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As children smiled and waved American flags, adults reclined on beach chairs, sipping coffee, others readied cameras, and quite a few lined the parade route with their canine friends, the annual Memorial Day parade on Monday, May 28 proceeded, as stirring as ever. When the parade ended at the Sousa band shell on lower Main Street, a meaningful observance followed, reminding all why those American men and women who lost their lives serving their country, must never be forgotten.

The parade got off to a wonderful start, thanks to the grand marshals, Sal Condoluci and Karol Szaja, whose smiles and waves were heartwarming. All of the veterans' groups -- the American Legion, the Veterans of Foreign Wars, the Marines, and others -- were striking and impressive. Heartfelt applause was offered to Mrs. William Zwerlein, the Gold Star Mother, as she rode in a convertible through the parade route. The marching bands from Schreiber High School and Weber Middle School, gave wonderful depth, musically, to the day's meaning. And it was hard to resist the sounds of Manhattan College's Pipes and Drums group.

Many community organizations marched in the parade as well, from PAL and PYA to Littig House and the Children's Center. The dapper Knights of Columbus were only slightly outdone by the lovely Columbiettes. The resplendent Great Neck - PW Elks (Lodge 1543) and Does were not to be missed; nor were the always-dashing John Michael Marino Lodge 1389 - Sons of Italy.

Applauded and cheered by the crowds were those men and women who work tirelessly fighting local fires. These heroes, marching in Protection Engine Co #1, Flower Hill Hose Co. No. 1, and the Fire Medics Co. #1, PW, and other groups, were led by Stanley Borkowski, upon whom the honor of Fire Dept. Grand Marshal was bestowed this year.

Once the Sousa Bandshell was reached, crowds gathered around the stage, to listen to words of remembrance. Tributes were paid not only in speech but in music.

In charge of the Observance was Arthur George, commander of American Legion Post 509. "Let's honor those who died for our country...let's never, never, never, forget them," he urged the attendees. He was joined onstage by the H.S. band, and many distinguished guests, including Legislator Craig Johnson, PW Police Commissioners Sal Zimbardi and Jim Duncan, Fire Chief Walter Trapp, the Grand Marshals, and other honored veterans and guests. As always, an empty folding chair stood onstage a stark symbol of the missing in action and prisoners of war.

Floyd Mackey, American Legion Post 509 Chaplain, masterfully gave the Invocation; Daniel Blassucci commander of VFW Post 1819 followed, leading the "Pledge of Allegiance." The grand marshals were ably introduced, and expressed gratitude for being selected for this honor.

As always, veteran and American Legion member Herb Strauss, with the H.S. Band, lent his soaring voice to The Star Spangled Banner, somehow managing to shed new meaning on these very-familiar lyrics. Later, Jane Murphy's beautiful voice illuminated America the Beautiful.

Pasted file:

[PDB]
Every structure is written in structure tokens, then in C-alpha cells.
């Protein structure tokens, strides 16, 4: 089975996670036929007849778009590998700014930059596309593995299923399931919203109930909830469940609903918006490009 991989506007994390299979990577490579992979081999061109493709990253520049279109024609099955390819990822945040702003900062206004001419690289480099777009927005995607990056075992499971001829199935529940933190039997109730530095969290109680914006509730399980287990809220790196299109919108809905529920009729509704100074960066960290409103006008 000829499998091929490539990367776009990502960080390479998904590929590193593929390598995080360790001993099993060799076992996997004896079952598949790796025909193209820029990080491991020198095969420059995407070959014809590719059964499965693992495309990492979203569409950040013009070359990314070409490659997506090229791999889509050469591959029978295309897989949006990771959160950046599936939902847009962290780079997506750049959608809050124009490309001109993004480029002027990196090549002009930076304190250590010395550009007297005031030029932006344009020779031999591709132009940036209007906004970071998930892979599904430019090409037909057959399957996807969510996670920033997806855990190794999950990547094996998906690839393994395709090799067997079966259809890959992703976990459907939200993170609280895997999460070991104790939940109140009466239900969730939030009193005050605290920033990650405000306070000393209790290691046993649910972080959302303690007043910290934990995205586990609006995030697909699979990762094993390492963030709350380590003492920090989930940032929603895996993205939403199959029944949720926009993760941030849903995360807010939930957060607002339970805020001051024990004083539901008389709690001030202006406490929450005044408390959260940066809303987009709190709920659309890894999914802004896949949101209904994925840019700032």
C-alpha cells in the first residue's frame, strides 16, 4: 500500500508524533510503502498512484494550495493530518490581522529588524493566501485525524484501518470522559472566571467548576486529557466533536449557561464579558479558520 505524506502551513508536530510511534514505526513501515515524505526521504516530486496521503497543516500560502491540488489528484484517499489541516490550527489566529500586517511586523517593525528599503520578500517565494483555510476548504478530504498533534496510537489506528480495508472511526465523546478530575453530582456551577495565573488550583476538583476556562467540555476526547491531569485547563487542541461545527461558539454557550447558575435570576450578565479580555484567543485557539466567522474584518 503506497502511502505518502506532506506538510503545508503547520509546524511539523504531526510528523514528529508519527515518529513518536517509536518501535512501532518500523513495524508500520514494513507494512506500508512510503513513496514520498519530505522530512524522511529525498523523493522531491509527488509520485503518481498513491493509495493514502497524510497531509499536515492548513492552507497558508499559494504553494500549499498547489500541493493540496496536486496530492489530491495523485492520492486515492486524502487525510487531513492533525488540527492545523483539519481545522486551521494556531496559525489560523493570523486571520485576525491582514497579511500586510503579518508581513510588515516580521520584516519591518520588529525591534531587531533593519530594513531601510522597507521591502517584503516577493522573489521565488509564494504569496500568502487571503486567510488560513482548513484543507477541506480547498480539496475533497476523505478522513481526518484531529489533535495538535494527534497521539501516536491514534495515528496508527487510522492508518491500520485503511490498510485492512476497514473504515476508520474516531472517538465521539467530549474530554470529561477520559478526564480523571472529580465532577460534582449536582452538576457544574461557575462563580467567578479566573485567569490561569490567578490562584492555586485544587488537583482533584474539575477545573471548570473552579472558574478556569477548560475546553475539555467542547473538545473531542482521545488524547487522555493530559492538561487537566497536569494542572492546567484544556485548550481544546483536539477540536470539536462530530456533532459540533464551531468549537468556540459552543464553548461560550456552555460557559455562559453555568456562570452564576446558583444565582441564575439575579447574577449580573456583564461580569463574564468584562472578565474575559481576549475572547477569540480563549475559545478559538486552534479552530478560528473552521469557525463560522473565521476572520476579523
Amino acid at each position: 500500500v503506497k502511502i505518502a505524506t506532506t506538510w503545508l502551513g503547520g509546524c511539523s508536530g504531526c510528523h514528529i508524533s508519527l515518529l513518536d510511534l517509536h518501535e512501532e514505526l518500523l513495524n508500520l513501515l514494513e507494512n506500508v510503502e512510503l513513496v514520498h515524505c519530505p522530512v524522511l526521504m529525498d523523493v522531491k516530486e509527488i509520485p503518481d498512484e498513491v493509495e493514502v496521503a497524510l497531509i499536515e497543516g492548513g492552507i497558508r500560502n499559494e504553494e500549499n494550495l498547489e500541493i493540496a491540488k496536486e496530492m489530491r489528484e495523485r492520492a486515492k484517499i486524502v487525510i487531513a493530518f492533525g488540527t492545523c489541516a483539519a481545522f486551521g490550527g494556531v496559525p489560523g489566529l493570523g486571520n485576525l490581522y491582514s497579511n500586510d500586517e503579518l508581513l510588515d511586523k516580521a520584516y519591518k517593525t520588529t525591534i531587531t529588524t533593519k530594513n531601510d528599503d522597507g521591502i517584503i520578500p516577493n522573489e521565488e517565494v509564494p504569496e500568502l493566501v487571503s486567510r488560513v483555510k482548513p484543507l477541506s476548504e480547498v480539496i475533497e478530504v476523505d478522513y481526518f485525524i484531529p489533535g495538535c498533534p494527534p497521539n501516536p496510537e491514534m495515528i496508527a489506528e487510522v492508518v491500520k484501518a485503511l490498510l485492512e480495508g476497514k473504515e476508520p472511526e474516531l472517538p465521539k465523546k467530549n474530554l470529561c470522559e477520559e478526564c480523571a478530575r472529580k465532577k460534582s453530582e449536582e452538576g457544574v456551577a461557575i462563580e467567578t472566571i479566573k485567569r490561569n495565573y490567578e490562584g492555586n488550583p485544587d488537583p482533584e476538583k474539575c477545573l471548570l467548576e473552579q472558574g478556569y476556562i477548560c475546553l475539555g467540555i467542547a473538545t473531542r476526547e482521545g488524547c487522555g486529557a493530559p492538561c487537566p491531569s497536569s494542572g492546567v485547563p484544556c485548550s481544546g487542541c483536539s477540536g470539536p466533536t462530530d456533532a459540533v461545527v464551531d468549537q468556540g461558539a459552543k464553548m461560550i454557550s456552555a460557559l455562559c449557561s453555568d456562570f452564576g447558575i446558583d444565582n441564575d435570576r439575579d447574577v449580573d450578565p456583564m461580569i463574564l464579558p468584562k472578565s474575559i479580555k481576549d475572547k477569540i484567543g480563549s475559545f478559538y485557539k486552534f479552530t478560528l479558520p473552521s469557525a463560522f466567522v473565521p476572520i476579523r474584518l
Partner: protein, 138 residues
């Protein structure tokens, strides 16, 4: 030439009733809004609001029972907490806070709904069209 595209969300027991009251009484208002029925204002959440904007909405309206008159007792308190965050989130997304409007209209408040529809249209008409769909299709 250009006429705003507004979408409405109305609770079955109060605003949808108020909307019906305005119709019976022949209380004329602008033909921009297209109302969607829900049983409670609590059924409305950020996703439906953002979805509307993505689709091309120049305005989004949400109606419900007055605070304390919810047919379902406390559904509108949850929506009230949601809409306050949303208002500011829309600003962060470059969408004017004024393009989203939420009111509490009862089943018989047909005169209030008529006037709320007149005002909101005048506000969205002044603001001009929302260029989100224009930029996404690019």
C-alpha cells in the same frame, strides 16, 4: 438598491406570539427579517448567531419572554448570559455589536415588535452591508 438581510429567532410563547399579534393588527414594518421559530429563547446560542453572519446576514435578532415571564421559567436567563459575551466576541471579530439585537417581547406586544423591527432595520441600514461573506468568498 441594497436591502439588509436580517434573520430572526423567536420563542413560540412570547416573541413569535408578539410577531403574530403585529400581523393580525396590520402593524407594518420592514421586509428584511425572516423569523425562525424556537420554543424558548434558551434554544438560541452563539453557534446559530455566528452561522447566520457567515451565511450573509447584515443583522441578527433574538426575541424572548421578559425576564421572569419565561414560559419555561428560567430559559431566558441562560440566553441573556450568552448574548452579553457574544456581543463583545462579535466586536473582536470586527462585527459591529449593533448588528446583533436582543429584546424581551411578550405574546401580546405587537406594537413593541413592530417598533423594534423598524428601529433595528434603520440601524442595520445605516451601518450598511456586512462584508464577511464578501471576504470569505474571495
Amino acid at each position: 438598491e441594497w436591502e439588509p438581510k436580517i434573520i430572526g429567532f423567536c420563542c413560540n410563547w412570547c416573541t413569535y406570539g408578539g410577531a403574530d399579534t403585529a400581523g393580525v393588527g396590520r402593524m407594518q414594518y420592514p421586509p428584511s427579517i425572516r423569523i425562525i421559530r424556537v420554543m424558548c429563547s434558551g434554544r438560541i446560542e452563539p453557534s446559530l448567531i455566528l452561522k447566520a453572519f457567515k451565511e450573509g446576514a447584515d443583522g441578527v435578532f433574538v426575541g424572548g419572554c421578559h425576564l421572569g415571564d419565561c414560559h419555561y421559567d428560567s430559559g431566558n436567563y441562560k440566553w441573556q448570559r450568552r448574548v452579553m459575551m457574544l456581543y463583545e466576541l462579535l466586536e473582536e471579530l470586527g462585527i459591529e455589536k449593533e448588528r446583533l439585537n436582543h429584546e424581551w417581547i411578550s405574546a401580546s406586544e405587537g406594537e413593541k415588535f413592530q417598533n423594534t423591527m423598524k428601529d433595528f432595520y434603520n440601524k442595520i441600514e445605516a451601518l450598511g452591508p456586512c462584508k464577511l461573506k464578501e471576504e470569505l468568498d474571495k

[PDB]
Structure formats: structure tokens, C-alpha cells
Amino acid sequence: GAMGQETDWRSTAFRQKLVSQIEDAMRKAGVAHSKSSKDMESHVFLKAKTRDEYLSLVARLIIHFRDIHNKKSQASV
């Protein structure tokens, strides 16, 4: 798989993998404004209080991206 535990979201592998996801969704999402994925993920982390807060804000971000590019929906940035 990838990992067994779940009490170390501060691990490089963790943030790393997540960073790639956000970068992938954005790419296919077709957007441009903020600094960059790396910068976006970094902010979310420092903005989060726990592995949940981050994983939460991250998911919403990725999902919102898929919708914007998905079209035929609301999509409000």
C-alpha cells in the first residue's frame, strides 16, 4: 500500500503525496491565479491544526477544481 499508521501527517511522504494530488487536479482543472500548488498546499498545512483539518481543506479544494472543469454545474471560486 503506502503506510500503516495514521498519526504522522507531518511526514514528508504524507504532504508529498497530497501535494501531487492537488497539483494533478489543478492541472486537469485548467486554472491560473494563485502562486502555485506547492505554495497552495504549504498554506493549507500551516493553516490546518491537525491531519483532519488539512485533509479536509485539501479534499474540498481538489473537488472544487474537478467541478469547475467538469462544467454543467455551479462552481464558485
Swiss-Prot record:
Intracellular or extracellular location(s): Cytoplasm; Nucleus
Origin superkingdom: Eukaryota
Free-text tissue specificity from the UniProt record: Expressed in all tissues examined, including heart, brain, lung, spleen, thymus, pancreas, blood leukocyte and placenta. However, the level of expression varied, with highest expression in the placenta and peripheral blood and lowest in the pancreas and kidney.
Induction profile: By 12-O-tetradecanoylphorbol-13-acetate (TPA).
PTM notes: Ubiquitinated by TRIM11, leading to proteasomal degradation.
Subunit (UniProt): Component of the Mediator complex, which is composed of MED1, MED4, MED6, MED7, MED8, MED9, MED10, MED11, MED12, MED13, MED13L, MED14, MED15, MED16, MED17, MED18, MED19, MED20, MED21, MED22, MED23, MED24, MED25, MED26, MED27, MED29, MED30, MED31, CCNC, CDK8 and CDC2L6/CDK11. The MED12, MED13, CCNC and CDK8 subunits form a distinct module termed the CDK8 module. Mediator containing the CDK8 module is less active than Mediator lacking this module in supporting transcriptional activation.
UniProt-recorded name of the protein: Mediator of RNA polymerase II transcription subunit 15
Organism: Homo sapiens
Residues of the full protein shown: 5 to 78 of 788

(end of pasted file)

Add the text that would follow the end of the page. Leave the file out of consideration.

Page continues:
Past Commander of the American Legion Post, Bob Click provided a warm introduction for Rev. Monsignor Daniel Picciano of St. Peter of Alcantara Church. Referring to the men and women who lost their lives serving their nation, he prayed that we might "draw from their example of self-sacrifice and love...and build a better country. God bless each of our veterans."

Veteran Arthur Wade had strong and moving words to impart. This is "a day that reminds us that sacrifice must be remembered," he said, and then brought to mind a beloved friend and veteran, Donald May, whose recent passing was a tragic loss. His widow was present, and all were clearly moved when seeing the raising of the Donald May Memorial Flag by veterans Larry Tuck and Ray Slavinsky.

This moving moment was extended further when H.S. Band bugler Brian Jacobs played a haunting rendition of Taps. First Vice Commander of American Legion Post 509 presented the wreaths that flanked the stage; these Memorial Day remembrances were provided by the Fire Department, the Elks and Does, the Marino Lodge, Polish-American Citizens organization, Knights of Columbus and Columbiettes, and the VFW and AL. Bob Click encouraged attendees to take a moment, and thank a veteran.

The Rev. Kurt Von Roeschlaub of St. Stephen's Episcopal Church followed, praying for the strength and safety of those serving in the armed forces, with the hope that good would come of their efforts. "Fill us with gratitude for those who made peace and safety, a greater reality," he said. Warren Schein, PW Chamber of Commerce, led an enthusiastic rendition of God Bless America, and the observance came to a close after the general order of dismissal from the grand marshals.

As the crowd slowly dispersed, individuals went over to veterans, sometimes complete strangers, to thank them, or shake their hands. And undoubtedly, their thoughts were also ones of gratitude to those who made the ultimate sacrifice -- their lives -- so we could enjoy the freedoms and life we have today.


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